The Jacobson method.
According to Jacobson, relaxation is the absence of muscle contraction, which leads in return and as a secondary effect, to the reduction of brain activity. This method is therefore fully geared towards the reduction of muscle tension. It is particularly recommended for hyper-nervous individuals who can't keep still, type 'A' personalities, the over-achievers and those who suffer from RLS (Restless Legs Syndrome).
Often, for some people, this hyper-excitability phenomenon is caused by too much stimulants such as coffee, tea, or chocolate which creates disturbances in the metabolism's absorption process of minerals such as calcium. When there is not anough calcium in the body, the nervous system becomes over sensitive and can cause the above mentioned reactions. For others, the over sensitivity of the nervous system is caused by a condition called 'peripheral neuropathy', a kind of degeneration of the nervous system. In any event, Jacobson's method is effective against one's limb's restless sensations.
The alternate muscle contraction / sudden de-contraction has the positive effect of bringing a fresh and increased blood supply to the muscles and thus has a soothing effect on the overly-excited muscles.
As for any relaxation technique, choose a quiet place where you will not be disturbed. The discet listening of soft background music is recommended to accompany this method.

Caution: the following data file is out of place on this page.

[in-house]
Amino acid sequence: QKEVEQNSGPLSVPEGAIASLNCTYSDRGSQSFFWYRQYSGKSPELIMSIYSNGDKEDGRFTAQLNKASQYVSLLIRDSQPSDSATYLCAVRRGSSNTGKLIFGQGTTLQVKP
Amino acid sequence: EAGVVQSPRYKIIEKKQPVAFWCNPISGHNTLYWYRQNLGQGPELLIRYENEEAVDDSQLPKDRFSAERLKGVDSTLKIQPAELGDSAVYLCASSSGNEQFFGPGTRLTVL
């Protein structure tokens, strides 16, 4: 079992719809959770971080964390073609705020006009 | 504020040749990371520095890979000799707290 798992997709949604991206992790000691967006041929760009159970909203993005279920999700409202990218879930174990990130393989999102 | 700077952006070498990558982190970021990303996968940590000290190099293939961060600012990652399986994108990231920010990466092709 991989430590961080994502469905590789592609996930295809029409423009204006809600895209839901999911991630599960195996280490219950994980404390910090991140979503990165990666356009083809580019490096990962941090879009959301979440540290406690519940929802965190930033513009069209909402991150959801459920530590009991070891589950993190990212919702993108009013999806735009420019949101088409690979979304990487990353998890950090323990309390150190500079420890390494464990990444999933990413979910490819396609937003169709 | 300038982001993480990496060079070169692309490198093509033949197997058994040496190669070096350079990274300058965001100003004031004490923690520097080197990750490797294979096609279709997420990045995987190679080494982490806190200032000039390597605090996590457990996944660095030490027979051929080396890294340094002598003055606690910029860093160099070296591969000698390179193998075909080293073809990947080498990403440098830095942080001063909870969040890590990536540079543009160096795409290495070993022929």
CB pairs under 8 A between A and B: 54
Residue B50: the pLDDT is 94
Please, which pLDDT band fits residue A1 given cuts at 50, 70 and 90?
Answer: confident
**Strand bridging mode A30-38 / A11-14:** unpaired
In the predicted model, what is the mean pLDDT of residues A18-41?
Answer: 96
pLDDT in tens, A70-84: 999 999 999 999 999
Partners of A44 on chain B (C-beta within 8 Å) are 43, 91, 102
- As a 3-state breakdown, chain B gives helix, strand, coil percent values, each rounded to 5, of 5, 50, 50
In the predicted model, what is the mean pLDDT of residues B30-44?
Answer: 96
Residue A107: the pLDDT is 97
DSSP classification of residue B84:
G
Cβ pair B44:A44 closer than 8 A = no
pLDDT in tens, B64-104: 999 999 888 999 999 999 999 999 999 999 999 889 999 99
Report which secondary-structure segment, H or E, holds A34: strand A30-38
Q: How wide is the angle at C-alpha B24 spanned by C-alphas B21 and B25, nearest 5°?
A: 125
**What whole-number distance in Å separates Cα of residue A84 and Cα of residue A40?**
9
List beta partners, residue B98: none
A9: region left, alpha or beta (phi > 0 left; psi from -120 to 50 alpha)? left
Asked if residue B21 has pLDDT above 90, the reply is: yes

In a softly lit room, stretch out on the floor or sit in a comfortable chair and close your eyes. Extend the right arm in front of you, contract it and hold the contraction until you feel a burning sensation. At that point, suddenly release the contraction in your arm, so that it falls down heavily on your lap. once this is done, focus your attention on the growing feeling of heaviness in your arm. At that point, you can, if you wish, accentuate the relaxation by visualizing your arm buried under an enormous weight. Repeat the same process with the left arm, legs, thighs, buttocks, abdomen, chest, neck, etc. Try to put an emphasis in the areas of your body where you usually feel the more tension.
In the second phase of the exercise, using the same process, relax even further the muscles that are already at rest while another part of your body is contracted. Thus, while you extend and contract the right arm, make a conscious effort to relax the rest of your body.
For maximum efficiency, the exercise should be done for thirty minutes every day. This exercise is beneficial to rid the body of accumulated nervous energy, especially for thos people who have difficulty keeping still before a session of deep relaxation or meditation.
Stretch out in a comfortable chair and close your eyes.
Extend the right arm in front of you, contract the muscles and hold the contraction until you feel a burning sensation or fatigue.
Release suddenly the contraction in your arm and let it fall down heavily on your lap.
Focus on the feeling of heaviness. repeat the same process for the other parts of your body.
For the last phase, repeat the same process, but make a conscious effort to increase the relaxation of the muscles that are already at rest while another specific area of your body is contracted.
Increase the length of each session up to thirty minutes each day.
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Dr. Pierre Milot, Ph.D., Ph.D. (tc)